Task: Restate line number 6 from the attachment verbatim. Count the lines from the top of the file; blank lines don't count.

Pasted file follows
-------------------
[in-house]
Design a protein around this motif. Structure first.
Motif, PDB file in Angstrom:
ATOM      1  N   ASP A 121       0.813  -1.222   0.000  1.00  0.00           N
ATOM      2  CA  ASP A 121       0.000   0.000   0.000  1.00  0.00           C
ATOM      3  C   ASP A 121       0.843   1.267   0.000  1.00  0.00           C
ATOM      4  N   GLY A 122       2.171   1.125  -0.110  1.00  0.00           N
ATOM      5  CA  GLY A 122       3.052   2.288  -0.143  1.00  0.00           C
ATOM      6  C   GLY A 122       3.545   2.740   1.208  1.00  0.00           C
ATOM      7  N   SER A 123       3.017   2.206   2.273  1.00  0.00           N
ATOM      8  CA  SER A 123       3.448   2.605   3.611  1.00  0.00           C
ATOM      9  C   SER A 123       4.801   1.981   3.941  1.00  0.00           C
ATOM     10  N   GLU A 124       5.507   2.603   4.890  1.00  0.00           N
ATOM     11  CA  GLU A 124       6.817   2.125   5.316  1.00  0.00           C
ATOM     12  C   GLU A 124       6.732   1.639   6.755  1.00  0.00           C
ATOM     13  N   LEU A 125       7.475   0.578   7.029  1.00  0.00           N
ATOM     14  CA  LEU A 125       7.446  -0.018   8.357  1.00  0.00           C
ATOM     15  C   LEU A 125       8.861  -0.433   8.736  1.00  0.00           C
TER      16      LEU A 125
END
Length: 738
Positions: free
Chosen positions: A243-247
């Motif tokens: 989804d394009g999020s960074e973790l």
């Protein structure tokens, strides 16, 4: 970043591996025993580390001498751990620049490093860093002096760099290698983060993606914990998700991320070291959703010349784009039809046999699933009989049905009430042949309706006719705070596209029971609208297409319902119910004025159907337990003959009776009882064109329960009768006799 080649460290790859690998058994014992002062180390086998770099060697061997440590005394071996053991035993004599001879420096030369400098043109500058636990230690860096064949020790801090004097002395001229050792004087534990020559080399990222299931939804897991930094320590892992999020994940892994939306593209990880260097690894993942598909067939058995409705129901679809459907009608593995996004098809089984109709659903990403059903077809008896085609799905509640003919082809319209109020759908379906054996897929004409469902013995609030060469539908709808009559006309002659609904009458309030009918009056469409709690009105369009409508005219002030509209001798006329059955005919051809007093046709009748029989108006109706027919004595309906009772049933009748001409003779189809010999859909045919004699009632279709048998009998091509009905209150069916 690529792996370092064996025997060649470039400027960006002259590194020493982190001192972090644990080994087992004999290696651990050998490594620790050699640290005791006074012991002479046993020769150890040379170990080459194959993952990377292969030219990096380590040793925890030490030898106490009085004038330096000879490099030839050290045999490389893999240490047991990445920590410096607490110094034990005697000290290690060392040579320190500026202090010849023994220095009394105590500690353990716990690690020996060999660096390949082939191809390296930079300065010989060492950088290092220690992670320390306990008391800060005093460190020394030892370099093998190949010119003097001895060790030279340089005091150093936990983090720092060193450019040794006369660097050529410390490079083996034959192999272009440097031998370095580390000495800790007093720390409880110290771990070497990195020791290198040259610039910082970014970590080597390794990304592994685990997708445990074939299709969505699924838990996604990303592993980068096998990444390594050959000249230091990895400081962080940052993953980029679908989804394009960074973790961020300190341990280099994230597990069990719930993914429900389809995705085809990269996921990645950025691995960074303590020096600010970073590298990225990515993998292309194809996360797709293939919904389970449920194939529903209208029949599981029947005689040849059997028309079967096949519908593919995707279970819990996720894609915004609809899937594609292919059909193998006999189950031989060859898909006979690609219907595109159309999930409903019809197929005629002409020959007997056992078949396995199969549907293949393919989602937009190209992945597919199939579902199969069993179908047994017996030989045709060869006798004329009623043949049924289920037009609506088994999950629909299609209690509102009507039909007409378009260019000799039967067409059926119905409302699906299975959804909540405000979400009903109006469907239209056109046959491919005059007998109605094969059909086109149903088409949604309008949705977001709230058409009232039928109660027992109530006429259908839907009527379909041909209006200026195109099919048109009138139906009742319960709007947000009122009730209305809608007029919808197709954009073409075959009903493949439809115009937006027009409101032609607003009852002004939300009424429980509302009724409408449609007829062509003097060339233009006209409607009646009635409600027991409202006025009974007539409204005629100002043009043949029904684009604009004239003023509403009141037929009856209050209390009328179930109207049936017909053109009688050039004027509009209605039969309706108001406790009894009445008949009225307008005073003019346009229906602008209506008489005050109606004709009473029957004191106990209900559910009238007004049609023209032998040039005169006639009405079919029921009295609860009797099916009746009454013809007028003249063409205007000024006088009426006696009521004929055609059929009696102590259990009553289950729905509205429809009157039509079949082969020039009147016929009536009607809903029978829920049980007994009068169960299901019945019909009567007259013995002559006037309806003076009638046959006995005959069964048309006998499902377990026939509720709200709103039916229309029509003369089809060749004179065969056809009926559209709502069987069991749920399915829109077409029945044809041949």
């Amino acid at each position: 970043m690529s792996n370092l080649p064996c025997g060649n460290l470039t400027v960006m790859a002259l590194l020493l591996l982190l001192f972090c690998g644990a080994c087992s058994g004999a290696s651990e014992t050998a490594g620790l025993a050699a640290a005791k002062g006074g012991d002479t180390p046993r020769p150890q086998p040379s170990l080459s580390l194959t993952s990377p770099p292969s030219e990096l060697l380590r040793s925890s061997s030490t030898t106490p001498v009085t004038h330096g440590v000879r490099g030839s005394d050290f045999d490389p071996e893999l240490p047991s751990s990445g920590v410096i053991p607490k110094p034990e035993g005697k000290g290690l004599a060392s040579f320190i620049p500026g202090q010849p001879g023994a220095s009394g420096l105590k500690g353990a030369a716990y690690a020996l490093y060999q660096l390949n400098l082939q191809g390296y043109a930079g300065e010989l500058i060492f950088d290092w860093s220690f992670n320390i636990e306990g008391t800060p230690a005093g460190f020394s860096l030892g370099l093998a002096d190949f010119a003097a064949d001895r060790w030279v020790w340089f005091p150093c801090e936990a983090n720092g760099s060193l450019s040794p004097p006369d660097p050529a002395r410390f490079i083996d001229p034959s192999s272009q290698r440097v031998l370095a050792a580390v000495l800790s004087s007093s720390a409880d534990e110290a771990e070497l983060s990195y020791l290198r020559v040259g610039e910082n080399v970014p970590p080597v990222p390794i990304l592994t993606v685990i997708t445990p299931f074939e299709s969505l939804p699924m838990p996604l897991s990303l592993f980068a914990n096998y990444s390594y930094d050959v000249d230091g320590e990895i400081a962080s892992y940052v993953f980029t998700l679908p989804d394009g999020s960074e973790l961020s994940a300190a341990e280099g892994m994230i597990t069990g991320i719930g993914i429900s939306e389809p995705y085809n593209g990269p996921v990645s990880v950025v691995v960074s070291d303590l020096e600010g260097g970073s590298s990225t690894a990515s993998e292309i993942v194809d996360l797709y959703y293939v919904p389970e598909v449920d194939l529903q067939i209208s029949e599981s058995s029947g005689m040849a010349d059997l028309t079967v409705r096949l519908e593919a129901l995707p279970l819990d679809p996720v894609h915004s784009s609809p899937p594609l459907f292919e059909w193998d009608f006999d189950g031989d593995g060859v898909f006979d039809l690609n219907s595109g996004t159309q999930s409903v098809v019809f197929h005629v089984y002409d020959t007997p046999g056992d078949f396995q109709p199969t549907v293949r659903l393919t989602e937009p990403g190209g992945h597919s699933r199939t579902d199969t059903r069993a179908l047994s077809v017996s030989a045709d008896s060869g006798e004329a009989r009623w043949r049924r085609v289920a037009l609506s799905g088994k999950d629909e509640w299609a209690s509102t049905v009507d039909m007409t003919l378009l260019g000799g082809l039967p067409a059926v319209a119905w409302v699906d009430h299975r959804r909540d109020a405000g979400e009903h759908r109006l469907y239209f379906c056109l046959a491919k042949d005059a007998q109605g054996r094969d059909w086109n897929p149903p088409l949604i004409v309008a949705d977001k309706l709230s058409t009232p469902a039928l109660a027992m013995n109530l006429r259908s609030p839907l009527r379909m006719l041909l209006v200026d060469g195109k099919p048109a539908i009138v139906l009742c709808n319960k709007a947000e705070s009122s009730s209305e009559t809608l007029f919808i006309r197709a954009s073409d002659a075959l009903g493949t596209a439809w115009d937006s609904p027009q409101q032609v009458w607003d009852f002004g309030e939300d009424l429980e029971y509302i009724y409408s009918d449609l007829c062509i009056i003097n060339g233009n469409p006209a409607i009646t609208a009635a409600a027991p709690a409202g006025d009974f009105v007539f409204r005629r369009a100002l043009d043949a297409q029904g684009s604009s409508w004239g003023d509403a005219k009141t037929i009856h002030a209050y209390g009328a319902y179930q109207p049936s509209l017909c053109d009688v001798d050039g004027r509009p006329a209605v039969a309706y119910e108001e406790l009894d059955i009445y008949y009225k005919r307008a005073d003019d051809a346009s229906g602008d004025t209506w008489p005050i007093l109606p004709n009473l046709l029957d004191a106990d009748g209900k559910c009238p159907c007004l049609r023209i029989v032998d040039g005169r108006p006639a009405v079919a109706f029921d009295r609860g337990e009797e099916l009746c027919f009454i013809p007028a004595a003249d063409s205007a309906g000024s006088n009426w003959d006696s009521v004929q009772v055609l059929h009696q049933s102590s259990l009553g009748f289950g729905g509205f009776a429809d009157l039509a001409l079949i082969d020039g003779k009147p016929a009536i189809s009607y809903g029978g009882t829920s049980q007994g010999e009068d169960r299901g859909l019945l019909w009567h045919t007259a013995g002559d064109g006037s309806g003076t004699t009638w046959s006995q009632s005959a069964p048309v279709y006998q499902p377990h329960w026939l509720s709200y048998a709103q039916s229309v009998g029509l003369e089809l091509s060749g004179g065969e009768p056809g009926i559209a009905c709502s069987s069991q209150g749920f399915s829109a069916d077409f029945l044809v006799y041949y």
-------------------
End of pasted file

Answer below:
ATOM      3  C   ASP A 121       0.843   1.267   0.000  1.00  0.00           C